As to biochemical characteristics, most of alginate lyases exhibit the optimal activity in the range of pH 7–8.5. For instance, FsAlgA from Flammeovirga sp. NJ-04 , AlyA1 from Zobellia galactanivorans , and Alg7D from Saccharophagus degradans  show the optimal activity at pH 7.0, while AlgMsp from Microbulbifer sp. 6532A , Algb from Vibrio sp. W13 , and A1-II′ from Sphingomonas sp. A1  possess the optimal pH of 8.0. As to the optimal temperature, most of alginate lyases exhibit the optimal activity around 30–40 °C, while FlAlyA from Flavobacterium sp. UMI-01 had a highest optimal temperature of 55 °C . In addition, AlgMsp from Microbulbifer sp. 6532A  and Alg7D from Saccharophagus degradans  displayed their maximal activity at 50 °C. Moreover, they could maintain most of the activities below 40 °C, except the Alg7D from Saccharophagus degradans which showed lower heat stability and retained only 40% of its maximum activity below 30 °C.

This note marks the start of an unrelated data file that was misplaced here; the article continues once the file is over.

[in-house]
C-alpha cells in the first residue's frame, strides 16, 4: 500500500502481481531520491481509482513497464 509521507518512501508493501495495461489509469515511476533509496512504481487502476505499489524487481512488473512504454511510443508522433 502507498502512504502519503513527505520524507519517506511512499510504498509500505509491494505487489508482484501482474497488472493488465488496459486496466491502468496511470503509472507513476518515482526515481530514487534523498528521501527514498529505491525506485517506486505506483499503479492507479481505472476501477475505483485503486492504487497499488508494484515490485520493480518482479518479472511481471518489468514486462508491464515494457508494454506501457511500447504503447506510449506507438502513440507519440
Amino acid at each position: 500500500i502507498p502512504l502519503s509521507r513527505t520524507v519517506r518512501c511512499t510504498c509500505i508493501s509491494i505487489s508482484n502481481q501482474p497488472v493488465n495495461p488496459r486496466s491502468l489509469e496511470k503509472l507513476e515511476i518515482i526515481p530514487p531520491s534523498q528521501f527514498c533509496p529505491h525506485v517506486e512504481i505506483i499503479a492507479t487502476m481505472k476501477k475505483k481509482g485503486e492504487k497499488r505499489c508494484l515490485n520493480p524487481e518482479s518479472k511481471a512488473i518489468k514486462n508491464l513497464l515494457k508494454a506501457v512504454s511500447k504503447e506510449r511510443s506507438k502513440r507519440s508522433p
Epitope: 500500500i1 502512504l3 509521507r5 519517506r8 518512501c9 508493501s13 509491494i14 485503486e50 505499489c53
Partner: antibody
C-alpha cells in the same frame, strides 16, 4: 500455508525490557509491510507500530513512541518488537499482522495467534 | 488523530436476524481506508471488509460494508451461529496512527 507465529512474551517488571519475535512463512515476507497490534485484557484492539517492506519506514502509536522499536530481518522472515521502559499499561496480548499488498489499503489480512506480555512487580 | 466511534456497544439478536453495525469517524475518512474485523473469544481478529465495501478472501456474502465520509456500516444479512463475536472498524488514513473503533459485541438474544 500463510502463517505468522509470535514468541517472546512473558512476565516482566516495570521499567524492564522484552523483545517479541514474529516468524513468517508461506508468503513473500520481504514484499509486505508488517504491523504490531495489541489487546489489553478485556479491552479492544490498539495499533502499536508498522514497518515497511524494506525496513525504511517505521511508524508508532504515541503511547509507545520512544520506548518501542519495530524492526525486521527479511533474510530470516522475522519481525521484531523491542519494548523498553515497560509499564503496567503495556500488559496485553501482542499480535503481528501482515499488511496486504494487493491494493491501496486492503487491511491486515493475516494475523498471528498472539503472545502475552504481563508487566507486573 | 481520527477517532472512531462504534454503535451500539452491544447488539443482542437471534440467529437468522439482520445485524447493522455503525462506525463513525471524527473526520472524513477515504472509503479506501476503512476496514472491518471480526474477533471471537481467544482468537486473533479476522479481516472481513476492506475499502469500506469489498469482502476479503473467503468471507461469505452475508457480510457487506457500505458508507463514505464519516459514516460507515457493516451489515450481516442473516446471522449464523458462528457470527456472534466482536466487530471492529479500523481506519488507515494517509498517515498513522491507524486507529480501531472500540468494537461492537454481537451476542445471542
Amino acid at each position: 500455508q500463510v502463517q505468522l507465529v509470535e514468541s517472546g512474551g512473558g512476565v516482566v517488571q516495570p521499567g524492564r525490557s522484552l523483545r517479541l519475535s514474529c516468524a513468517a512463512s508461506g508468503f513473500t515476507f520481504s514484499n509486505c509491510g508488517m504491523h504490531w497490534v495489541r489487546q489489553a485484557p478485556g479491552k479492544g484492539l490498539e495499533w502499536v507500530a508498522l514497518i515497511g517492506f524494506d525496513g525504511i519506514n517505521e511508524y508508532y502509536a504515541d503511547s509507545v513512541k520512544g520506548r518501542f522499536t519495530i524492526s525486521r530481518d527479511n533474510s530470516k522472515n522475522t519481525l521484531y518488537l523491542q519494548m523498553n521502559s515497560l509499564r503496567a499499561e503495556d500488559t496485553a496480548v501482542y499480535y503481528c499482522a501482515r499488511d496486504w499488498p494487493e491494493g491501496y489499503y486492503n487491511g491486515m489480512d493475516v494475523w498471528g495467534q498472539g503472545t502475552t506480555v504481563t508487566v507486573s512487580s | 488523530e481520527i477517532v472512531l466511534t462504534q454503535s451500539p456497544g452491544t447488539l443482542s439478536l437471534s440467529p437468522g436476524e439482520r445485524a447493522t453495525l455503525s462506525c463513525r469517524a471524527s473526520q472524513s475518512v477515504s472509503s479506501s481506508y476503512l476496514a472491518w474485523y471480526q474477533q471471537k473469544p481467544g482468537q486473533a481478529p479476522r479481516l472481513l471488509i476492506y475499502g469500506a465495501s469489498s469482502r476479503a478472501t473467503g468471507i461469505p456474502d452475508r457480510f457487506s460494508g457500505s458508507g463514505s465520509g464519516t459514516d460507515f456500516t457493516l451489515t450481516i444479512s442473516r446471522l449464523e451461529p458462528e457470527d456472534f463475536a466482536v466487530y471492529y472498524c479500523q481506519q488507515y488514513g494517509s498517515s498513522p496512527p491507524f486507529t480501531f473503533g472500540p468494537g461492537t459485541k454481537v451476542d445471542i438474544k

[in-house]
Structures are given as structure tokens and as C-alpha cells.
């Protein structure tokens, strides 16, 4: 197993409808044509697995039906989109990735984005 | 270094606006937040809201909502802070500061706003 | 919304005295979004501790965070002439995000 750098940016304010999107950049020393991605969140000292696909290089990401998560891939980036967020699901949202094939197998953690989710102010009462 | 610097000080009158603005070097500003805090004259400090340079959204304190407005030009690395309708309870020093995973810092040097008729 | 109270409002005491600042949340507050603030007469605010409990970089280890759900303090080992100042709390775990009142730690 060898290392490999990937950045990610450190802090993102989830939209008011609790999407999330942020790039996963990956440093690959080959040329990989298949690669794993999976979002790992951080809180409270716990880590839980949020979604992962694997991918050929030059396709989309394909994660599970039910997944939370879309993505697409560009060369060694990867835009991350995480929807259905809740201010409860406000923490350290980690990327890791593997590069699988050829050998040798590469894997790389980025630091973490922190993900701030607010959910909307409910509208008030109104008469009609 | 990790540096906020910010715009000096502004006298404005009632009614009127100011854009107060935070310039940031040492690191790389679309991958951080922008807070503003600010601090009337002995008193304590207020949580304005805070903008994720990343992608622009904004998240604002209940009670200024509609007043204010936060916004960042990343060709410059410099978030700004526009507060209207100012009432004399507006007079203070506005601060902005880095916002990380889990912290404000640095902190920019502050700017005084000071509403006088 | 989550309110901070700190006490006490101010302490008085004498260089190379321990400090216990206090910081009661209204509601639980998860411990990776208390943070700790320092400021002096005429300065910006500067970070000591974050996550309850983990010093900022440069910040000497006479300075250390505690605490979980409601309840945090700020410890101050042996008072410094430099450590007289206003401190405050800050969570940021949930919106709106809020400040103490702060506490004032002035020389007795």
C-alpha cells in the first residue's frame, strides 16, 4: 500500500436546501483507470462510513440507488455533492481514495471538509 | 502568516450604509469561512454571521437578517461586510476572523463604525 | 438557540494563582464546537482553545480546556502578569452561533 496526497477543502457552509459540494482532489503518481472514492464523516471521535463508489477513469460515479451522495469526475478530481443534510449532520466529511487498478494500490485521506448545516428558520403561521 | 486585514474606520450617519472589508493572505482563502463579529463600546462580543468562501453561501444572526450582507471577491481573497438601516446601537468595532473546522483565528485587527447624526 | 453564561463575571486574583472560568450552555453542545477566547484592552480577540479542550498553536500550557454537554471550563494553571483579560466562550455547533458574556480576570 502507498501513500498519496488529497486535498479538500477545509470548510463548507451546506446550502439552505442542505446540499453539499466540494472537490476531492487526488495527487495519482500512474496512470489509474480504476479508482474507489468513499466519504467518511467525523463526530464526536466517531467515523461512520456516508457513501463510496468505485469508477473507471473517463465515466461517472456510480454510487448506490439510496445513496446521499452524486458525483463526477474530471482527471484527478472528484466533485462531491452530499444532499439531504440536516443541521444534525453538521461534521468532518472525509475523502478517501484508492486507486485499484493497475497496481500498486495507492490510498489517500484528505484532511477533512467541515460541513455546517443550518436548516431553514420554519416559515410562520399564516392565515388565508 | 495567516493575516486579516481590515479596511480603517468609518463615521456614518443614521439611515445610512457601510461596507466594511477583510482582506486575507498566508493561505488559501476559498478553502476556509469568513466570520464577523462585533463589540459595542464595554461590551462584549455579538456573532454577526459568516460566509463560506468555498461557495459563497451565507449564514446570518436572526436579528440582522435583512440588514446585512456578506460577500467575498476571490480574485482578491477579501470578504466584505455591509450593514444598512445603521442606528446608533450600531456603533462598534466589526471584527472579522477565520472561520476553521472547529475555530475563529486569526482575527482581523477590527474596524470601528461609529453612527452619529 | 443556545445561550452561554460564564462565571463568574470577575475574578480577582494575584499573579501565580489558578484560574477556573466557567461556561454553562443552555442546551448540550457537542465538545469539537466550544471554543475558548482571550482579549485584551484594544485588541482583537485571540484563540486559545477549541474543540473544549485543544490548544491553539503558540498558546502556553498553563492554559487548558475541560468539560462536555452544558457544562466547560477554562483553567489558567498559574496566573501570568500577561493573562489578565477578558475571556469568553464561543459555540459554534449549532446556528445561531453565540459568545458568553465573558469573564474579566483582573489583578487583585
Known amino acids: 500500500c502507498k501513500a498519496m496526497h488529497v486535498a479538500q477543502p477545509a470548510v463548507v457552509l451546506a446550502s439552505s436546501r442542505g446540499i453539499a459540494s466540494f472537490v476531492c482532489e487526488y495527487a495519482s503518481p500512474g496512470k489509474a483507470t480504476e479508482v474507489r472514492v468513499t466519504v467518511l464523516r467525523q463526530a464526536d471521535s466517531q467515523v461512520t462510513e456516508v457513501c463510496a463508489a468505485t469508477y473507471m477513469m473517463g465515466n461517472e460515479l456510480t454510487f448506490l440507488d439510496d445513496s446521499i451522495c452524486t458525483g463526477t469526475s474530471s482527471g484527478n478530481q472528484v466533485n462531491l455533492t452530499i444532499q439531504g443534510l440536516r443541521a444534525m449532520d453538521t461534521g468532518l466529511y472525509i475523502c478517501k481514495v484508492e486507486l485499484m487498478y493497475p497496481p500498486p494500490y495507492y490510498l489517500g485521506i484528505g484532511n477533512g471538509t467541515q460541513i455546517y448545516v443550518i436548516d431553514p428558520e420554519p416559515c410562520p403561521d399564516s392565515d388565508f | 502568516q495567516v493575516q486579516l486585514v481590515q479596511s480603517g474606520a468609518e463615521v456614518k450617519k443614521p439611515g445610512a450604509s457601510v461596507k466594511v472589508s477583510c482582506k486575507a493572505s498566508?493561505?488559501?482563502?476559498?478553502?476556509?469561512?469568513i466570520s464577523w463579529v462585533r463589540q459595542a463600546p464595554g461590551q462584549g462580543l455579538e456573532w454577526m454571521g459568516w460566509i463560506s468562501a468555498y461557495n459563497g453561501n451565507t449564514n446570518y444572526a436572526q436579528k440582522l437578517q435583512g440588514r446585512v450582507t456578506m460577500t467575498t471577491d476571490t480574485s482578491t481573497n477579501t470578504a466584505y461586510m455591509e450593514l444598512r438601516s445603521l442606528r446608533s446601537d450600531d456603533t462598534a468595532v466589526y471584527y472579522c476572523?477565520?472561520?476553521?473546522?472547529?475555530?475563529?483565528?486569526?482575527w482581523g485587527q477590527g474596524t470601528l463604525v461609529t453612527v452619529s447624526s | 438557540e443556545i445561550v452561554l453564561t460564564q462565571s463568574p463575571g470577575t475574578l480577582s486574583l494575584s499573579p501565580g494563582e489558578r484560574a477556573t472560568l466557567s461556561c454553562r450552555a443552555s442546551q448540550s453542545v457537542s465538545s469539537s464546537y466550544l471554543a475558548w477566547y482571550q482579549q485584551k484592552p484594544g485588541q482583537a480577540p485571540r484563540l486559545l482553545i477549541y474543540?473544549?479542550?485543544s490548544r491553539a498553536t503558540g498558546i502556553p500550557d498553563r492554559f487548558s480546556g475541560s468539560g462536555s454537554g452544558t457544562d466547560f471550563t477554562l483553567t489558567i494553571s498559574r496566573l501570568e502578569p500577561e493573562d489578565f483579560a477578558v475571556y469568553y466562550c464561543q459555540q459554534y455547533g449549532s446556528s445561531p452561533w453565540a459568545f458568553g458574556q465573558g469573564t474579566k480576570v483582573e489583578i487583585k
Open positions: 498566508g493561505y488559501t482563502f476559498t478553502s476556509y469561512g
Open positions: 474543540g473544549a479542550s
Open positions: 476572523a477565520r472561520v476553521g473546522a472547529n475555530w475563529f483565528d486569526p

The effects of metal ions on FsAlgB were similar to that on Aly510-64 from Vibrio sp. 510-64  and AlyAL-28 from Vibrio harveyi AL-28 . Specifically, the activity of FsAlgB can be enhanced by NaCl with different concentrations (100–600 mM) and the maximal activity can be reached with 300 mM NaCl (Fig. 4d). Therefore, FsAlgB is a salt-activated alginate lyase. Since these salt-activated enzymes are usually isolated from marine bacteria, it is easy to understand the activation of NaCl . Furthermore, it is assumed that high ionic strength might be essential to maintain the uronic acid units at a minimal interunit period for proper fitting of the enzyme . The enhanced effects of NaCl with high concentration may be partly caused by the removal of bound water from alginate molecules or the stabilization of the transition state .